NOTE: This blog post is primarily my notes on this test. While I hope you find it informative (and feel free to ask any questions about it), I am mainly using this to keep my information straight. Thanks.
Here in Part 2 of my little test, I have completed setting up the environment. I have:
- 2x Win08 domain controllers
- 1x Win08 file server
- 1x Win12 file server
- 1x Win7 client
My next steps are these:
- Record folder share and security information
- Shut down both file servers
- Move the VHD containing my actual data from old file server to new file server
- Bring up the new file server
- Make sure the new file server can see the data VHD
- Re-create the shares on the new file server
- Test access and connectivity from the client computer
The process to manage shares is a little different in Win12 than in Win08.
- Computer Management | Storage | Disk Management
- Bring disk online
- Assign drive letter (E:)
- Share folders, using the same settings as on the old file server
- Enable ABE
- Server Manager | File and Storage Services | Shares
- Right-click on share | select Properties
- Settings | Enable access-based enumeration
Things look good from my client. Too easy!
Now, in production, there are other steps of course. Modifying logon scripts, drive mappings, backups (new base in AppAssure, OUCH!). But it looks like I can get our file serving moved onto a Win12 box without too much difficulty.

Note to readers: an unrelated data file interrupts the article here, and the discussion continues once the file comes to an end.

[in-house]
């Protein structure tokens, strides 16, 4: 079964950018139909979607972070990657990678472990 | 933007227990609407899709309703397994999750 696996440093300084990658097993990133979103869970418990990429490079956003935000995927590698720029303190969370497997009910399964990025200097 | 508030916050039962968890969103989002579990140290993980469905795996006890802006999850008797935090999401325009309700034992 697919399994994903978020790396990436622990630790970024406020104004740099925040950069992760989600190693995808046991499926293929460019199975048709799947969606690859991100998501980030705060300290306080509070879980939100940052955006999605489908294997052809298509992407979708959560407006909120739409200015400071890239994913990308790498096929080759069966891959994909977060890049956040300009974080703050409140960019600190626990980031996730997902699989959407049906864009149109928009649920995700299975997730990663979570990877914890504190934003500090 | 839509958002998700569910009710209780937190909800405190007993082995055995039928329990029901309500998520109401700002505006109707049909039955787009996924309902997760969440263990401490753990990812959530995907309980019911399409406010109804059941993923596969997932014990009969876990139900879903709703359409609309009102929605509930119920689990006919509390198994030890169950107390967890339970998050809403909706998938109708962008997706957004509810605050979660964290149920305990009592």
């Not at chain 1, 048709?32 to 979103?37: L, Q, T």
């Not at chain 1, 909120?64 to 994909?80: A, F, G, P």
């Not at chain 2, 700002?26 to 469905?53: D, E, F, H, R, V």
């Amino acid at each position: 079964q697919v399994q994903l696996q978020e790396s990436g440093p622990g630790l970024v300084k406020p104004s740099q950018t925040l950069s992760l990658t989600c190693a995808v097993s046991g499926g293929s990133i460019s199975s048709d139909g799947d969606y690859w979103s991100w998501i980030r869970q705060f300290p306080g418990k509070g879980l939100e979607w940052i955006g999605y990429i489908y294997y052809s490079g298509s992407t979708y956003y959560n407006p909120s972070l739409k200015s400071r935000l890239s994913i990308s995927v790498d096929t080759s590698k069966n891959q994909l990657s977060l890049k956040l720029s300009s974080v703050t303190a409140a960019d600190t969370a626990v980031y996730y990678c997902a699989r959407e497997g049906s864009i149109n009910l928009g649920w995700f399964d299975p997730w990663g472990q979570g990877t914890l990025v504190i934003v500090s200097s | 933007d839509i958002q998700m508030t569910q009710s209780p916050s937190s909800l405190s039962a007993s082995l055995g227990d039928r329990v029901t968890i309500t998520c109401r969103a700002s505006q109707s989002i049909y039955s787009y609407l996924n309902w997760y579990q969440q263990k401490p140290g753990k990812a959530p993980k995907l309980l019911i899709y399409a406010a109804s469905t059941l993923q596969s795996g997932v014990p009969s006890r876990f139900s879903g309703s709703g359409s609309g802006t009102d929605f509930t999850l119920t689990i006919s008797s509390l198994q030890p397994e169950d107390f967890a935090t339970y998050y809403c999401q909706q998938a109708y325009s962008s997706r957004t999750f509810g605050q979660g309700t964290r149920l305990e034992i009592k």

As I think more about it, the ‘backups’ question may prove to be a tough one… We use AppAssure for backups. Our repository does not have enough room to do ANOTHER base image of our main file server. Moving this data to a new Win12 box would, I think, trigger a new base image to be taken. Looking at AppAssure, I may be able to delete old base images of our old file server and see if that won’t free up enough room to take the new base. Once the new file server is up and running and have some backup history in place, I can then clear out the rest of the old file server images.
Now, to look at Win08-to-Win12 domain upgrade.